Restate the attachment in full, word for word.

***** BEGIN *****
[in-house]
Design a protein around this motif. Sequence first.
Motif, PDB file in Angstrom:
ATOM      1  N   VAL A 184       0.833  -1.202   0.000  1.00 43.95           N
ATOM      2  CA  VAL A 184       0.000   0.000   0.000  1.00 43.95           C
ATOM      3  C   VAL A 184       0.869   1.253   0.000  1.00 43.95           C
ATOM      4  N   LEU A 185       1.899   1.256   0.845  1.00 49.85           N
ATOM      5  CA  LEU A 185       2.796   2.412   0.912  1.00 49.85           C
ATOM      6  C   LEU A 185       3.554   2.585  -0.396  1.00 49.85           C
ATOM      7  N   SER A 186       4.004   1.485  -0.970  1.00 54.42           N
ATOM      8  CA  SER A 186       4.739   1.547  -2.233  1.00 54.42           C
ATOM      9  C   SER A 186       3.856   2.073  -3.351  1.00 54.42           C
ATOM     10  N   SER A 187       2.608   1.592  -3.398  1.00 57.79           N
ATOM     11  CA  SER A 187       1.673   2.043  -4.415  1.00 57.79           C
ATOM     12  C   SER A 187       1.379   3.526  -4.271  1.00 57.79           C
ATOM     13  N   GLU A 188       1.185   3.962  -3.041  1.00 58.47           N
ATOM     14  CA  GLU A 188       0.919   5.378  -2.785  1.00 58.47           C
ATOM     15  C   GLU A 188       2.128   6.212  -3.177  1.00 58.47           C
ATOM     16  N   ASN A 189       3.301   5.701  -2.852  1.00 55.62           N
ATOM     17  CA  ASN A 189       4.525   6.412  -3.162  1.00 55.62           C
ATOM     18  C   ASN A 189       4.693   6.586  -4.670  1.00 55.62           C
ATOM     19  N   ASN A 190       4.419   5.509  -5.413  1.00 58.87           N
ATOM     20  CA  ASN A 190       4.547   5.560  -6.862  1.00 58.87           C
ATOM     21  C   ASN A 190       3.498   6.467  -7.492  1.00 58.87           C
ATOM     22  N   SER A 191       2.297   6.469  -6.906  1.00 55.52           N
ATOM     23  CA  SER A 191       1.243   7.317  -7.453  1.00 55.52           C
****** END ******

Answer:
[in-house]
Design a protein around this motif. Sequence first.
Motif, PDB file in Angstrom:
ATOM      1  N   VAL A 184       0.833  -1.202   0.000  1.00 43.95           N
ATOM      2  CA  VAL A 184       0.000   0.000   0.000  1.00 43.95           C
ATOM      3  C   VAL A 184       0.869   1.253   0.000  1.00 43.95           C
ATOM      4  N   LEU A 185       1.899   1.256   0.845  1.00 49.85           N
ATOM      5  CA  LEU A 185       2.796   2.412   0.912  1.00 49.85           C
ATOM      6  C   LEU A 185       3.554   2.585  -0.396  1.00 49.85           C
ATOM      7  N   SER A 186       4.004   1.485  -0.970  1.00 54.42           N
ATOM      8  CA  SER A 186       4.739   1.547  -2.233  1.00 54.42           C
ATOM      9  C   SER A 186       3.856   2.073  -3.351  1.00 54.42           C
ATOM     10  N   SER A 187       2.608   1.592  -3.398  1.00 57.79           N
ATOM     11  CA  SER A 187       1.673   2.043  -4.415  1.00 57.79           C
ATOM     12  C   SER A 187       1.379   3.526  -4.271  1.00 57.79           C
ATOM     13  N   GLU A 188       1.185   3.962  -3.041  1.00 58.47           N
ATOM     14  CA  GLU A 188       0.919   5.378  -2.785  1.00 58.47           C
ATOM     15  C   GLU A 188       2.128   6.212  -3.177  1.00 58.47           C
ATOM     16  N   ASN A 189       3.301   5.701  -2.852  1.00 55.62           N
ATOM     17  CA  ASN A 189       4.525   6.412  -3.162  1.00 55.62           C
ATOM     18  C   ASN A 189       4.693   6.586  -4.670  1.00 55.62           C
ATOM     19  N   ASN A 190       4.419   5.509  -5.413  1.00 58.87           N
ATOM     20  CA  ASN A 190       4.547   5.560  -6.862  1.00 58.87           C
ATOM     21  C   ASN A 190       3.498   6.467  -7.492  1.00 58.87           C
ATOM     22  N   SER A 191       2.297   6.469  -6.906  1.00 55.52           N
ATOM     23  CA  SER A 191       1.243   7.317  -7.453  1.00 55.52           C